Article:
Saturday, April 27, 2013

Explore more. Trust the net less.

Groups of humans are arguably the most brilliant and most spectacularly idiotic creatures. We cling tight to chain letters and urban myths in the face of evidenced argument and critical thought.  Still, sometimes we get people to the moon and back safely.

This is the same with net lists. "Ook! Ook! Me heap big smart winperson. Me know aaAAlllll!" 

Sometimes they have good points. Sometimes they can't see past their environment - their Meta. Often they can't see why they work. By way of example 40k (hush! Comparison doesn't see venue borders!)had a fearsome list called "leafblower" that dominated the tournament scene for a season. Opinions vary on the reason Leafblower stopped ruling the roost. In the final assessment people learned how it operated and learned the lesson Warmachine players are forced to learn early : focus on the goal, not your opponent.  This was the same with the eHaley double Stormwall.

The simplest truth of the argument is that there is no "one list" to rule them all. No panacea. Enkidu left the building, and Gilgamesh is SOL.  Anyone who tells you otherwise is selling you a bill of goods. Theorymachine regularly collapses under application.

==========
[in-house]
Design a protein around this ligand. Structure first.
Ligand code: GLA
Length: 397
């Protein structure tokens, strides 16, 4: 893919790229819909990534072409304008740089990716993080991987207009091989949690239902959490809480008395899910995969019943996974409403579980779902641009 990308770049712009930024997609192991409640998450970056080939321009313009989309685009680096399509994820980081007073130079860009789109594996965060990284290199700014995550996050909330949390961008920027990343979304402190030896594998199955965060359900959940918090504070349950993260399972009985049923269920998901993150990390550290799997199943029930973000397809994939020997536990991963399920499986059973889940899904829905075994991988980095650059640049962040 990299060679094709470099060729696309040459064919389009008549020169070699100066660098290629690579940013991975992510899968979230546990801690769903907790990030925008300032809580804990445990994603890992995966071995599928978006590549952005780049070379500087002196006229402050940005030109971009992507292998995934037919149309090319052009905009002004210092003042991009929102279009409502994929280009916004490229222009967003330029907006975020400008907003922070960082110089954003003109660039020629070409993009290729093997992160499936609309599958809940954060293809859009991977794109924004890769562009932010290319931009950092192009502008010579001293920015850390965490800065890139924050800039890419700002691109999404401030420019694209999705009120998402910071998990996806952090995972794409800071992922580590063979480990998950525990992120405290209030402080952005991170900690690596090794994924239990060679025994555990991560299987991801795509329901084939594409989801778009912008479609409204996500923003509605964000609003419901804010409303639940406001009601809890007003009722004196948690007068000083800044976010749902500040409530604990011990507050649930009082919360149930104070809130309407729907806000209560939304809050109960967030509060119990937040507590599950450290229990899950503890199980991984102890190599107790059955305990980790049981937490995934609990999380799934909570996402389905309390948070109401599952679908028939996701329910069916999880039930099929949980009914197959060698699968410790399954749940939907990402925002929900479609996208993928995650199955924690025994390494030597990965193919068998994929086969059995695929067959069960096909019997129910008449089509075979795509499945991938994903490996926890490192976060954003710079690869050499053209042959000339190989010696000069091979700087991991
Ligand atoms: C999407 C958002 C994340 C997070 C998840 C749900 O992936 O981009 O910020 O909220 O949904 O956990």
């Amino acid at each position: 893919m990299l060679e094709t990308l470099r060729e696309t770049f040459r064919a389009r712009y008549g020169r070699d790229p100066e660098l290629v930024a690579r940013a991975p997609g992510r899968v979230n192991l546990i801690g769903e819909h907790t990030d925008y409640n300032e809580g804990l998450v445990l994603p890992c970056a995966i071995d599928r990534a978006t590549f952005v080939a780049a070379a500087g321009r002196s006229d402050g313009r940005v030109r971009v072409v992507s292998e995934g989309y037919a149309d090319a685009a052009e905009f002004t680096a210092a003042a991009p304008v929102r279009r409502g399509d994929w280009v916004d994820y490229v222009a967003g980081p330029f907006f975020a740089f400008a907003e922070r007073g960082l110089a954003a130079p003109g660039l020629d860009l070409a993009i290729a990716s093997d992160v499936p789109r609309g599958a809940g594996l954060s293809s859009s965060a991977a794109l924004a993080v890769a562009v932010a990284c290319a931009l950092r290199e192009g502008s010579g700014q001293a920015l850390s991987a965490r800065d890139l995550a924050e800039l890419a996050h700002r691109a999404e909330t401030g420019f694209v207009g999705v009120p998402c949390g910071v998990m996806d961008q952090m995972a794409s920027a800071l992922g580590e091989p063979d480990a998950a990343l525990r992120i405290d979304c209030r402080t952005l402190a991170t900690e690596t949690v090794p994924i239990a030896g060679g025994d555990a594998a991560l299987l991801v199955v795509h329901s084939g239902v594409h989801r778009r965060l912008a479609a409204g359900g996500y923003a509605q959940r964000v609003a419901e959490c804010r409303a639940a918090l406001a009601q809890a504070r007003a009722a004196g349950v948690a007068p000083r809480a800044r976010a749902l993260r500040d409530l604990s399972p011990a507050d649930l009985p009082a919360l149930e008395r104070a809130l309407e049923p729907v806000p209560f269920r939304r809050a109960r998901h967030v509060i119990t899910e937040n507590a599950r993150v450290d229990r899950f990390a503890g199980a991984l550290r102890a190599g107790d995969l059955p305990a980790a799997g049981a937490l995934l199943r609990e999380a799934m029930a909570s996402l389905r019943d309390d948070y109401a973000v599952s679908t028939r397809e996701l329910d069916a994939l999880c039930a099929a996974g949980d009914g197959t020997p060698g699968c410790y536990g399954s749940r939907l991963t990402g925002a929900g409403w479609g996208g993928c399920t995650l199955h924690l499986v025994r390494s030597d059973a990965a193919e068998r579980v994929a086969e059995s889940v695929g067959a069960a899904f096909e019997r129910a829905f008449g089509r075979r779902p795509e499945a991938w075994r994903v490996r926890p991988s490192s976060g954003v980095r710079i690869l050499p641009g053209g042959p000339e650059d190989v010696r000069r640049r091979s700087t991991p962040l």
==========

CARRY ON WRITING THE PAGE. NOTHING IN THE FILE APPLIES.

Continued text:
Let's look at what netlists are good for.
The massively parallel processing power of humanity allows us to compare and contrast on a grand scale.  If we see the same tools used repeatedly a correlation exists.  Less used tools may be a victim of overlap of roles as much as anything else. The truth is a bit muddy. 

Today we snitch resources from endgame gaming (dot) net. Look at the lists closely and you will see one common thread:   The Adepticon Masters tournament top ranks did not include anything terribly surprising.

I'd call them straightforward if anything. No list is screaming a design to counter a singular threat. So what made them effective :

Knowledge of the basics and practice practice practice.

Each of the duplicate factions present variations that appear to be indicative of personal taste rather than a "leafblower".  Each piece had a plan, an objective, and complimented or overlapped other functions.


  1. Just to review:

    This is why netlists are bad:

    List 1 is achingly subject to directed fire and sprays. The list underscores the lynchpin of a Protectorate army (disassemble in the correct order to win) while being unable to perform effective counters to shooting. Privateers' tough does not extend to the attendant priest.
    List 2 can't withstand taking the first charge. While the Errants can defend with a fairly robust ARM Long Gunners (and when did you see them last?) are a sound counter. Winter Guard and Kovnik Joe.
    List 3 ... Fire on a colossal. Ignite + the Choir's Battle had best be punching the hell out of heavies at dice +4 or so. If it needs Fire you've already made a critical mistake depending on POW12 versus (average) ARM18

    If you've heard the podcast (And why haven't you?!?) you heard the bit about netlisting being bad about explaining *why* something is good/bad.

    Homework Assignment: Why is it bad?